‘Budol’ and the enduring influence of Home Buddies

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Born in the pandemic, the Home Buddies Facebook group made aspirational home living more accessible as a home idea-sharing resource. In photo: Home Buddies member Bheng Tabuzo's kitchen and dining area. Photo by ROB FROGOSO

Two major factions govern Home Buddies. For #TeamKahoy, the holy grail is wood. The aesthetic is more MUJI than bahay kubo: minimalist, with fine straight lines of wood or wooden accents. Modern and clean, it sometimes intersects with its rival #TeamPuti, where painstakingly immaculate design is queen: gleaming white countertops and cream-colored walls that hark to Scandinavia. Rica Peralejo-Bonifacio coined the term “Team Puti Puti” in the earlier days of the Facebook group. She unknowingly created a movement.

Then there’s the rest of the 3.2 million members across various scales of kitsch, garishness and taste.

Born in the pandemic, the female-dominated Home Buddies made aspirational home living more accessible to its largely middle-class audience as a home idea-sharing resource. Its rise is intertwined with the boom of e-commerce platforms, which allowed members living in far-flung areas to discover and access decorating bits and pieces — “budol” in Home Buddies parlance — previously distributed only in the country’s metropolitan cities.

As the members share these finds, along with photos of their pandemic projects, they chronicle the evolving consumerist tastes and sensibilities of this niche of upwardly mobile middle-class Filipinos.

A love affair with ‘budol’

Visual artist Ginoe, also known as @hubineer, observed this trend and tweeted about it with a suggestion for someone to take portraits of these home improvement projects. In a private message to CNN Philippines Life, he said: “The lockdowns we’ve experienced, in my opinion, distilled sensibilities in a lot of us — we were stuck in our internal spaces pondering things… reprioritizing and asking ourselves questions.”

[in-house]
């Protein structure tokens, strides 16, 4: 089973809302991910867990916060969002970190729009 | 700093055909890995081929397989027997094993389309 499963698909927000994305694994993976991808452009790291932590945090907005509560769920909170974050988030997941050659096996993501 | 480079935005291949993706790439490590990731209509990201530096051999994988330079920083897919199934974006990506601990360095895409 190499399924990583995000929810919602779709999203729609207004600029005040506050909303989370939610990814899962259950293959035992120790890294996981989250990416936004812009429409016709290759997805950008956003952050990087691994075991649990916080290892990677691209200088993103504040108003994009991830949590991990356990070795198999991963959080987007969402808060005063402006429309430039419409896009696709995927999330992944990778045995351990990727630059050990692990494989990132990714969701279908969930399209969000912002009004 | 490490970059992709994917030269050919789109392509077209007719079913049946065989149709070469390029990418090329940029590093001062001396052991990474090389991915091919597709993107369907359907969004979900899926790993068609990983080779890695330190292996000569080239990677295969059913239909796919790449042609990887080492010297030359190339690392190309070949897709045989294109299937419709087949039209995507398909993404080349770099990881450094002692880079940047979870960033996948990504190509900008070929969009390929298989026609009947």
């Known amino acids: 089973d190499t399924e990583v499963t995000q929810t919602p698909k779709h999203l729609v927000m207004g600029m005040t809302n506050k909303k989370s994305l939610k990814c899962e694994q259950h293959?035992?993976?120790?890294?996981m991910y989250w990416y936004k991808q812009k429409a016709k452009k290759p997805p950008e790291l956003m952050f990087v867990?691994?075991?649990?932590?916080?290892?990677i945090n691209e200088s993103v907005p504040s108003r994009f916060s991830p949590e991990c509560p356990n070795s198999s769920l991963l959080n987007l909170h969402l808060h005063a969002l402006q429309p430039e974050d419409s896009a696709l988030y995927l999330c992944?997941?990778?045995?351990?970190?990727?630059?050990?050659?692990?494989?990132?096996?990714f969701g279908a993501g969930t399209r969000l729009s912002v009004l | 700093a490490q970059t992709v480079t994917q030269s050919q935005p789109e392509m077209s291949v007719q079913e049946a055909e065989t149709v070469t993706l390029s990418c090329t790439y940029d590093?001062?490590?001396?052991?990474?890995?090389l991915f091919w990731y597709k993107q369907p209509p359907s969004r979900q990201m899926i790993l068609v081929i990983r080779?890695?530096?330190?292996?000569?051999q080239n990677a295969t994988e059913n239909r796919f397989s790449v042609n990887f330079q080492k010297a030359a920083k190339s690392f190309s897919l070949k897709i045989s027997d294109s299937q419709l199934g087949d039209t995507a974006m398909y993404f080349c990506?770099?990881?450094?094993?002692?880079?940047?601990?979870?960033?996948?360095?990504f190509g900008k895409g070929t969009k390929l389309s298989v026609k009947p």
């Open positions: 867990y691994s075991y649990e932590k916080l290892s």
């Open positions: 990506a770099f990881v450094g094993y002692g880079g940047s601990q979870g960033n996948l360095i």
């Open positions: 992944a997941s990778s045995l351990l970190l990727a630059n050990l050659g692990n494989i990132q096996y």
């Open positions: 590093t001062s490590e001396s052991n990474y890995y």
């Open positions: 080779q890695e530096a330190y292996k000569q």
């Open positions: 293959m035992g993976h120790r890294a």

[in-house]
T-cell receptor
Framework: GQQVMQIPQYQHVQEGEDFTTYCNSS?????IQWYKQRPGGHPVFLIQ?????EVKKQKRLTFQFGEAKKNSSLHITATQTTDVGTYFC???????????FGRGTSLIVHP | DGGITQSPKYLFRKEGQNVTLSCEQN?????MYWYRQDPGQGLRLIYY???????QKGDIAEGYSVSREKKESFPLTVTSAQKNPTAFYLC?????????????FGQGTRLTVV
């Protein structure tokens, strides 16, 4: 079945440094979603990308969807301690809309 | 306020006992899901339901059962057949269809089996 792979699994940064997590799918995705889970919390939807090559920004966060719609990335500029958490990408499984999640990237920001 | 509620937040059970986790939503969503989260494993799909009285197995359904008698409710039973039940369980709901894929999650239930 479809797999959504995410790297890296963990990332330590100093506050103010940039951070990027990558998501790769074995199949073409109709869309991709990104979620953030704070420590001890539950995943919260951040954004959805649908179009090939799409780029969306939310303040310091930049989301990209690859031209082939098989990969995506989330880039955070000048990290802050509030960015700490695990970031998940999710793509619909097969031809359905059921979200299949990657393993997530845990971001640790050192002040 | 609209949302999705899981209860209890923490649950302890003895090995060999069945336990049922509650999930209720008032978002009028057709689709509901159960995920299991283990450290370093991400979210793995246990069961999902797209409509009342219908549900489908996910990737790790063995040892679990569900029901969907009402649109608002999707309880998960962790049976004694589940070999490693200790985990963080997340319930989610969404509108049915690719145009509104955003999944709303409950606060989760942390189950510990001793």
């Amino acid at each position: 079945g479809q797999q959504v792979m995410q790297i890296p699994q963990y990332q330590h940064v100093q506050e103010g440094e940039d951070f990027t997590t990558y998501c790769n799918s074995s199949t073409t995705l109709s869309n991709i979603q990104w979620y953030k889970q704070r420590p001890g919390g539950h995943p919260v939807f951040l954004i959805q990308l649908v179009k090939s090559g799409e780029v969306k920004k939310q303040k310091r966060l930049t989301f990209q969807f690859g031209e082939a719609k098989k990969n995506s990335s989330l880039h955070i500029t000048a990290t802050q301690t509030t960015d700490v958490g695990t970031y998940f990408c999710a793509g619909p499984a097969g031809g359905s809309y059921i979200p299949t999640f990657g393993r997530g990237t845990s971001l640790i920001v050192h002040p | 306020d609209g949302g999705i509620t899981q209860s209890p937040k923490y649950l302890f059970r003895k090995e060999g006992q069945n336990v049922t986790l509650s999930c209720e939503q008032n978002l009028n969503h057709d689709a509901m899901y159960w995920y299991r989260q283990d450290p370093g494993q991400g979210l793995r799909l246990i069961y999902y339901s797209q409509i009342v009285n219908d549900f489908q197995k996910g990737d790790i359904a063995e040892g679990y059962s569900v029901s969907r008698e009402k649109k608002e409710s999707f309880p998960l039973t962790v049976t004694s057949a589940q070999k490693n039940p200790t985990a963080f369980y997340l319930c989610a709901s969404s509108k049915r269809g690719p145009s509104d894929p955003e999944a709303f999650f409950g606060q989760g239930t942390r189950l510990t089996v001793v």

“Home Buddies, and the subsequent DIY home renovations that it inspired, is a manifestation of this human impulse of homemaking,” he says. To him, the prevalent Scandinavian minimalism reflects members' “vernacular or curator sensibility” and adds to the myriad approaches to designing and decorating. “Some would describe this as ‘horror vacui’ but I would argue that this is just the Filipinos’ inclination to lushness.”

Horror vacui, or the aversion to empty spaces, appears in the 2015 study of architect Clarissa Lorenzo entitled Filipinos filling up space in a gated community." Horror vacui in the Philippines is based on the economic outlook wherein Filipinos feel that having more is definitely better,” she wrote. “History has it ingrained in their minds that too much empty space represents deprivation or poverty while lavish or lush decoration would indicate wealth or luxury.”

While the aesthetic on Home Buddies is predominantly minimalist, it would be a stretch to conclude that its members have embraced the minimalist philosophy. The group has a love affair with budol, and has historically created shortages (remember the Asahi aesthetic fan and Irish Spring trends?) and inspired new product lines.

In fact, budol is the pulse of Home Buddies.

After all, its founder Frances Lim Cabatuando created the group as a catalog of her own product recos.

Frances Lim Cabatuando, founder of the Home Buddies Facebook group. Photo by ROB FROGOSO

Before the massive success of Home Buddies, Cabatuando was an ordinary employee who moved into her own condo unit with only a mattress.